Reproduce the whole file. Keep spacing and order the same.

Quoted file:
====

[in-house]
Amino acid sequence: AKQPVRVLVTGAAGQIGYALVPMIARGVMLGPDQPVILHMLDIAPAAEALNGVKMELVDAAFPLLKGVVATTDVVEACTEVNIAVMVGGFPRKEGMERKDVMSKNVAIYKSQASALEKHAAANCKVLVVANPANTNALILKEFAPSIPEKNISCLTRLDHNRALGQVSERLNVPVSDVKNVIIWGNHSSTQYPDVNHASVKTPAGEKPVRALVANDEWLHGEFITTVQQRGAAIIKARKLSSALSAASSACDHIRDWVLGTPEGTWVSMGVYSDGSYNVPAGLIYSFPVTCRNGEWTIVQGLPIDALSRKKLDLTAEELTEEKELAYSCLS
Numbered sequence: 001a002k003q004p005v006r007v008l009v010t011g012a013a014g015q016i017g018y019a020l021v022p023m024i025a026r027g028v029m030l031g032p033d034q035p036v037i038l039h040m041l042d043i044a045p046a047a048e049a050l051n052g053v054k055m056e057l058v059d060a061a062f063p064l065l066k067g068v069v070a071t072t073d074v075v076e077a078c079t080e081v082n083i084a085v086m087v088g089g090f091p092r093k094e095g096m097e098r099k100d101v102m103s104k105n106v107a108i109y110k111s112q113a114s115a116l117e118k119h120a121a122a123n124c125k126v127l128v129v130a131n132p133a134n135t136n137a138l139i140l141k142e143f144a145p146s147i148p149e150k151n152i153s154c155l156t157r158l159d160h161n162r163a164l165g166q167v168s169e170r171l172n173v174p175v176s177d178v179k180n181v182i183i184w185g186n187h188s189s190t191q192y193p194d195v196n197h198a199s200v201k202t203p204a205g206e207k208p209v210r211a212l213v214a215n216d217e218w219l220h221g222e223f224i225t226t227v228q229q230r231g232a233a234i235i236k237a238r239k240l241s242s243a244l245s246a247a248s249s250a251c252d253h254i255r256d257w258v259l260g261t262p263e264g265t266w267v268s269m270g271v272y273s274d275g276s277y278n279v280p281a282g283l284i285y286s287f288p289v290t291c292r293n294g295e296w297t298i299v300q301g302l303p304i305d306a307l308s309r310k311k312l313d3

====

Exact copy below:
[in-house]
Amino acid sequence: AKQPVRVLVTGAAGQIGYALVPMIARGVMLGPDQPVILHMLDIAPAAEALNGVKMELVDAAFPLLKGVVATTDVVEACTEVNIAVMVGGFPRKEGMERKDVMSKNVAIYKSQASALEKHAAANCKVLVVANPANTNALILKEFAPSIPEKNISCLTRLDHNRALGQVSERLNVPVSDVKNVIIWGNHSSTQYPDVNHASVKTPAGEKPVRALVANDEWLHGEFITTVQQRGAAIIKARKLSSALSAASSACDHIRDWVLGTPEGTWVSMGVYSDGSYNVPAGLIYSFPVTCRNGEWTIVQGLPIDALSRKKLDLTAEELTEEKELAYSCLS
Numbered sequence: 001a002k003q004p005v006r007v008l009v010t011g012a013a014g015q016i017g018y019a020l021v022p023m024i025a026r027g028v029m030l031g032p033d034q035p036v037i038l039h040m041l042d043i044a045p046a047a048e049a050l051n052g053v054k055m056e057l058v059d060a061a062f063p064l065l066k067g068v069v070a071t072t073d074v075v076e077a078c079t080e081v082n083i084a085v086m087v088g089g090f091p092r093k094e095g096m097e098r099k100d101v102m103s104k105n106v107a108i109y110k111s112q113a114s115a116l117e118k119h120a121a122a123n124c125k126v127l128v129v130a131n132p133a134n135t136n137a138l139i140l141k142e143f144a145p146s147i148p149e150k151n152i153s154c155l156t157r158l159d160h161n162r163a164l165g166q167v168s169e170r171l172n173v174p175v176s177d178v179k180n181v182i183i184w185g186n187h188s189s190t191q192y193p194d195v196n197h198a199s200v201k202t203p204a205g206e207k208p209v210r211a212l213v214a215n216d217e218w219l220h221g222e223f224i225t226t227v228q229q230r231g232a233a234i235i236k237a238r239k240l241s242s243a244l245s246a247a248s249s250a251c252d253h254i255r256d257w258v259l260g261t262p263e264g265t266w267v268s269m270g271v272y273s274d275g276s277y278n279v280p281a282g283l284i285y286s287f288p289v290t291c292r293n294g295e296w297t298i299v300q301g302l303p304i305d306a307l308s309r310k311k312l313d3